Photocatalysis is also one of a series of advanced oxidation processes for organic pollutant degradation. In photocatalysis, light energy from a light source (UV or solar) excites an electron from the valence band of the photocatalyst to the conduction band with a series of reactions which results in the formation of hydroxyl radicals. The hydroxyl radicals have high oxidizing potential and therefore can attack most organic pollutants causing oxidation. Various chalcogenides (oxides such as TiO2, ZnO, ZrO2, CeO2, etc. or sulfides such as CdS, ZnS, etc.) have been used as photocatalysts in the photocatalytic process and the process is found suitable for a wide range of organic pollutants. Sonolysis, i.e., use of ultrasonic waves has been used for the decolourization and degradation of organic pollutants. The mechanism proposed for the sonochemical process is usually based on the formation of short-lived radical species generated in violent cavitation events.59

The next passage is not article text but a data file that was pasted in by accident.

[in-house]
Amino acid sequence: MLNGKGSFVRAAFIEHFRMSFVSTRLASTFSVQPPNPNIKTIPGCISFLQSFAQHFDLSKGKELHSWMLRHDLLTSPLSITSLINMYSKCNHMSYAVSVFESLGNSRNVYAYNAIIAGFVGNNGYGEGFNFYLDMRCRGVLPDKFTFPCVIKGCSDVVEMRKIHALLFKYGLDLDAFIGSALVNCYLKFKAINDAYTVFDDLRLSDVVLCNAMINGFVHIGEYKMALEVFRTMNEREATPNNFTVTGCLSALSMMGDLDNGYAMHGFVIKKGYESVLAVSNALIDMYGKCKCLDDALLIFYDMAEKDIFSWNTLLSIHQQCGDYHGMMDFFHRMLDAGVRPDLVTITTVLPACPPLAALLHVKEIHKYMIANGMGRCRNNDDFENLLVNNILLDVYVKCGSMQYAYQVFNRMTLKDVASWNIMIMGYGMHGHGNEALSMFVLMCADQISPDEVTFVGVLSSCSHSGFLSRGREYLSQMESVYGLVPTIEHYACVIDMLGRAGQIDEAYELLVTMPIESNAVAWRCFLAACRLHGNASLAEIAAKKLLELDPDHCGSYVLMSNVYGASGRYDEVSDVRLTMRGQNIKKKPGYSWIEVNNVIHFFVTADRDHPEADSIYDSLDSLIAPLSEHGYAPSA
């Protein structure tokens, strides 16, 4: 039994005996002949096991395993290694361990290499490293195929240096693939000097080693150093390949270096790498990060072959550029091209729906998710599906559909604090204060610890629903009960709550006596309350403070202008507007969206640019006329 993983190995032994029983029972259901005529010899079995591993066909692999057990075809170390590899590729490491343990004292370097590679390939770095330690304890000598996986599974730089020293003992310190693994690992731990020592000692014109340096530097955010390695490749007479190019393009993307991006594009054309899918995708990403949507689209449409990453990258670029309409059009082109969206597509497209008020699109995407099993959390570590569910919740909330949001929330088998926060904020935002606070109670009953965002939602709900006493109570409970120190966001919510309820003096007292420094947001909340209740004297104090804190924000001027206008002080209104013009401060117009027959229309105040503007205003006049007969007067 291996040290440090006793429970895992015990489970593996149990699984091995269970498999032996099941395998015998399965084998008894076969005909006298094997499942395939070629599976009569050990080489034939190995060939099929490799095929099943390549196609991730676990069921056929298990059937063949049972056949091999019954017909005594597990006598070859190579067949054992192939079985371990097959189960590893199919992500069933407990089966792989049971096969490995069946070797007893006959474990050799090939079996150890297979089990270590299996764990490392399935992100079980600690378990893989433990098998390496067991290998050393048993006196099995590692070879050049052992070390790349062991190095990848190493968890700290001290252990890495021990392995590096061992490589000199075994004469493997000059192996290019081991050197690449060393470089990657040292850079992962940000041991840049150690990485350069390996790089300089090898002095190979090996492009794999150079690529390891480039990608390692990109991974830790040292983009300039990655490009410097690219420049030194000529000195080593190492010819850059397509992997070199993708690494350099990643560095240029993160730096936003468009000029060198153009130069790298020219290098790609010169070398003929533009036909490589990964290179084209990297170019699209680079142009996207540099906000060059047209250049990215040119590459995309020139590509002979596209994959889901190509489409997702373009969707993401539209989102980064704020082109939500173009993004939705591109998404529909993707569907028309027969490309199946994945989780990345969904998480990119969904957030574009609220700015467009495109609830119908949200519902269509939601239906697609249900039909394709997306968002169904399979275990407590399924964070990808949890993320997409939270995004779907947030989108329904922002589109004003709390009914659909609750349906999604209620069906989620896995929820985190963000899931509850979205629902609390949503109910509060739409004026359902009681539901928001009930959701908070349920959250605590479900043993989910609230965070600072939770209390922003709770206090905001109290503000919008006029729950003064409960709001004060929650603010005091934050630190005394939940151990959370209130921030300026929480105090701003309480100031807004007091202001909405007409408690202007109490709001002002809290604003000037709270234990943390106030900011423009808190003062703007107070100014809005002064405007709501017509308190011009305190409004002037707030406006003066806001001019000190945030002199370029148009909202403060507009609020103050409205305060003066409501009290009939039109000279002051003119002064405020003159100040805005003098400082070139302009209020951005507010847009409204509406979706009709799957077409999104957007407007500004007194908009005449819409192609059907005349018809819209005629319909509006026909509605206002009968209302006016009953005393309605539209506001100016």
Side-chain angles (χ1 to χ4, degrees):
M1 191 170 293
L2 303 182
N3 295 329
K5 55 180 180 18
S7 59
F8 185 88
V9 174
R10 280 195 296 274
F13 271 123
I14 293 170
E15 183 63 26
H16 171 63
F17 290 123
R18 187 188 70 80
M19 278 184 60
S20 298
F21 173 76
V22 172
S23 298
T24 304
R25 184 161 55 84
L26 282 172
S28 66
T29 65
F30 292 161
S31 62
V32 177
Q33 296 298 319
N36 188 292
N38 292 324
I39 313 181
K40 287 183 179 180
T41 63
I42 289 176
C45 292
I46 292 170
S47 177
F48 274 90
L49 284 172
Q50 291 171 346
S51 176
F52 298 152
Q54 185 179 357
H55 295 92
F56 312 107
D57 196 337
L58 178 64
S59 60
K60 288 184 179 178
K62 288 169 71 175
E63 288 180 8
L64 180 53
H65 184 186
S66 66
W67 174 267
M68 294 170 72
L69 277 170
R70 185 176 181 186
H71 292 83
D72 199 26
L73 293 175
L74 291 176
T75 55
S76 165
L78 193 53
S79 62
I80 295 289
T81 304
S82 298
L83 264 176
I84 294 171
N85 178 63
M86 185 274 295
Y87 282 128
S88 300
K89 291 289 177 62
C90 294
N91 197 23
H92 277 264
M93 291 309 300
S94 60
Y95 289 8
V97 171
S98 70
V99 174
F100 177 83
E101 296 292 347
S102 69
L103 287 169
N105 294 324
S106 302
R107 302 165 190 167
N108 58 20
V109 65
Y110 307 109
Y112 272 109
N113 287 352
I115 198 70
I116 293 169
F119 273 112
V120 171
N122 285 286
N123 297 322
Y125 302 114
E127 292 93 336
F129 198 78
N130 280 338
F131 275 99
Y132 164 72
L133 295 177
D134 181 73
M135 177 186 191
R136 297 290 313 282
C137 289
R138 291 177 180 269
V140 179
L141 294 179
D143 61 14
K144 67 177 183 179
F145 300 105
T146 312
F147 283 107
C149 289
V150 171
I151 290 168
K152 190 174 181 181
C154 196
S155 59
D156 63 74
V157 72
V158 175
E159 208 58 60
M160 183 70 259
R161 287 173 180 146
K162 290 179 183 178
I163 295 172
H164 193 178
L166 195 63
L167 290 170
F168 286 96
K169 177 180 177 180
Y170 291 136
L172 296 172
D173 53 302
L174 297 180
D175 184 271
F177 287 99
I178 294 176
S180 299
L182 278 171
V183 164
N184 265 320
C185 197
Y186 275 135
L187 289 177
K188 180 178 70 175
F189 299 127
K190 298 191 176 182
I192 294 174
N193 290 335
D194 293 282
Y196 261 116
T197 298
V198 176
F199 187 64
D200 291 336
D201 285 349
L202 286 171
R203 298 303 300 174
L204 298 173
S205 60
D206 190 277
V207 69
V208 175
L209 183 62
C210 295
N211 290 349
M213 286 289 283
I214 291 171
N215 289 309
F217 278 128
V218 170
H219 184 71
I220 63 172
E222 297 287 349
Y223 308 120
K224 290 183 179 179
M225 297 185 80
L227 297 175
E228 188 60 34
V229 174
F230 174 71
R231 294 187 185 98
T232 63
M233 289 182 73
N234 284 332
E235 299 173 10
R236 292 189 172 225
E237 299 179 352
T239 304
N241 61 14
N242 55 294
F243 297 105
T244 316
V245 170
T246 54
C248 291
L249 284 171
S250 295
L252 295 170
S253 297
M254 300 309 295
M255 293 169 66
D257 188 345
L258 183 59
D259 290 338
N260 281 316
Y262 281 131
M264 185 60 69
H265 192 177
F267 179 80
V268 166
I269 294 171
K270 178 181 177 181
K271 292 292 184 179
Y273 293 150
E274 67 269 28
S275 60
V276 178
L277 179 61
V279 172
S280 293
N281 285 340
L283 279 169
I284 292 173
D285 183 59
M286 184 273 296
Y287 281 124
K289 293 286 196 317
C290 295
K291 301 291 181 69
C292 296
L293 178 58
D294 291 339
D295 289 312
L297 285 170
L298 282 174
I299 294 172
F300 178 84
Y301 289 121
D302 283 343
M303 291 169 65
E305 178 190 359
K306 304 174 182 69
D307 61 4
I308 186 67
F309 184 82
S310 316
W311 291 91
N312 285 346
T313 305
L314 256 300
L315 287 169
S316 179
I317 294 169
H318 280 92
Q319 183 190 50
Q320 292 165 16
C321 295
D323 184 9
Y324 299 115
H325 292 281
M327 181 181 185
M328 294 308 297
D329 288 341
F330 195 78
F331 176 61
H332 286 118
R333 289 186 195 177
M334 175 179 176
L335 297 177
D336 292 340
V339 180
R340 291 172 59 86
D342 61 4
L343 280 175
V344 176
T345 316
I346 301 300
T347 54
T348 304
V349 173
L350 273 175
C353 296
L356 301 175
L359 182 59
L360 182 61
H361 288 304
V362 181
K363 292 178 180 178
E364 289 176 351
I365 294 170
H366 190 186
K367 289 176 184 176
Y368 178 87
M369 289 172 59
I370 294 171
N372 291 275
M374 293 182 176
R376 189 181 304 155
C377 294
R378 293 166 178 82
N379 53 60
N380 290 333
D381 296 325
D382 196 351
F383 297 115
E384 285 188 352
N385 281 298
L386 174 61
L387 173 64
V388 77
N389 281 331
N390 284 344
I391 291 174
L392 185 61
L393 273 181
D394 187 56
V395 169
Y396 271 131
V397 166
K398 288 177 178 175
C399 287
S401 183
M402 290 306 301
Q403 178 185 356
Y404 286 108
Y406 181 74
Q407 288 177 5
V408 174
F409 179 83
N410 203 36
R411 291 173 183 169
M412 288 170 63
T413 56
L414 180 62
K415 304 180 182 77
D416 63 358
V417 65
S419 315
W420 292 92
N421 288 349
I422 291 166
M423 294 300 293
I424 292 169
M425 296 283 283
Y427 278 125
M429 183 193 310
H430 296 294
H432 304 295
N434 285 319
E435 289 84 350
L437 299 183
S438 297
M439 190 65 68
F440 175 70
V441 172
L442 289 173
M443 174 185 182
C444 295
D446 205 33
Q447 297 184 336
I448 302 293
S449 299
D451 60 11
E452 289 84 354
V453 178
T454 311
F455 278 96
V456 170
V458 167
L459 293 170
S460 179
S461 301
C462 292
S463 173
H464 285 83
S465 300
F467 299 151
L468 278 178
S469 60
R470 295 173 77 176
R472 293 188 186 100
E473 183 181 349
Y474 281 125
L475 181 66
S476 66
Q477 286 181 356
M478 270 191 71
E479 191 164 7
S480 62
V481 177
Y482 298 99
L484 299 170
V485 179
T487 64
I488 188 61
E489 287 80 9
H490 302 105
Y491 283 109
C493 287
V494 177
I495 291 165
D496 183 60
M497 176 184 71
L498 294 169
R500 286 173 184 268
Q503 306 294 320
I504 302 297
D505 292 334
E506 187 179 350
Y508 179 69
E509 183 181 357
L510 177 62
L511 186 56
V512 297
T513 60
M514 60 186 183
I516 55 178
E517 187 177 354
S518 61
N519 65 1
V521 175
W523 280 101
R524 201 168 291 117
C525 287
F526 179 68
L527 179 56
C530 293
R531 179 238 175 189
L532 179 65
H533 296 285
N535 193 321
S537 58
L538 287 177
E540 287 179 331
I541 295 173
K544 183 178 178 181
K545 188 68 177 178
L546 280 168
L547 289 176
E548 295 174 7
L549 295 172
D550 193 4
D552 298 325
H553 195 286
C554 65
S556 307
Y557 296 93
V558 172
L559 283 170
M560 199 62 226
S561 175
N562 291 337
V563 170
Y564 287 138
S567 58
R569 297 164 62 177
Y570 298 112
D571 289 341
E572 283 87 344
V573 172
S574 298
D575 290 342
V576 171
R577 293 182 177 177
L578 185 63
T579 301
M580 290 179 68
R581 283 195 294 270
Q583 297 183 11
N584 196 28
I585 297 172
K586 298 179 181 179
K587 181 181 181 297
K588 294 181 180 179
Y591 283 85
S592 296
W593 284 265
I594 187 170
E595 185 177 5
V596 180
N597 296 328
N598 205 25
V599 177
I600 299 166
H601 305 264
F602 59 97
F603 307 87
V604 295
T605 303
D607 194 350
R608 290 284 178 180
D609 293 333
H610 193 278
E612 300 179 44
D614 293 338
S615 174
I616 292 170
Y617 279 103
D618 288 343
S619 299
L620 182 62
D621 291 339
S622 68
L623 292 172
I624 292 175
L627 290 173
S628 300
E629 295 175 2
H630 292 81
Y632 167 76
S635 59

In precipitation, the dissolved contaminants are converted into solid precipitates by reducing their solubilities and the precipitates are skimmed off easily from the surface of the water. It is effective for the removal of metal ions and organics but the presence of oil and grease may cause a problem in precipitation. The solubility of the dissolved pollutants is decreased either by adding some chemicals or by lowering the temperature of the water. Adding some organic solvents to the water may also reduce the solubility of the contaminant but this technique is costly at a commercial level. These chemicals react with the soluble pollutants to form precipitates. The most commonly used chemicals for this purpose are alum, sodium bicarbonates, ferric chloride, ferrous sulphate and lime. pH and temperature are the main controlling factors for the precipitation process. The removal of about 60% of the pollutants can be achieved by the precipitation. The applications of this method include wastewater treatment from the nickel and chromium plating industries and water recycling. The specific applications include water softening and removal of heavy metals and phosphate from water. The major problem associated with precipitation is the management of the large volume of sludge produced. The cost varies from 20 to 500 US$ per million litres of treated water.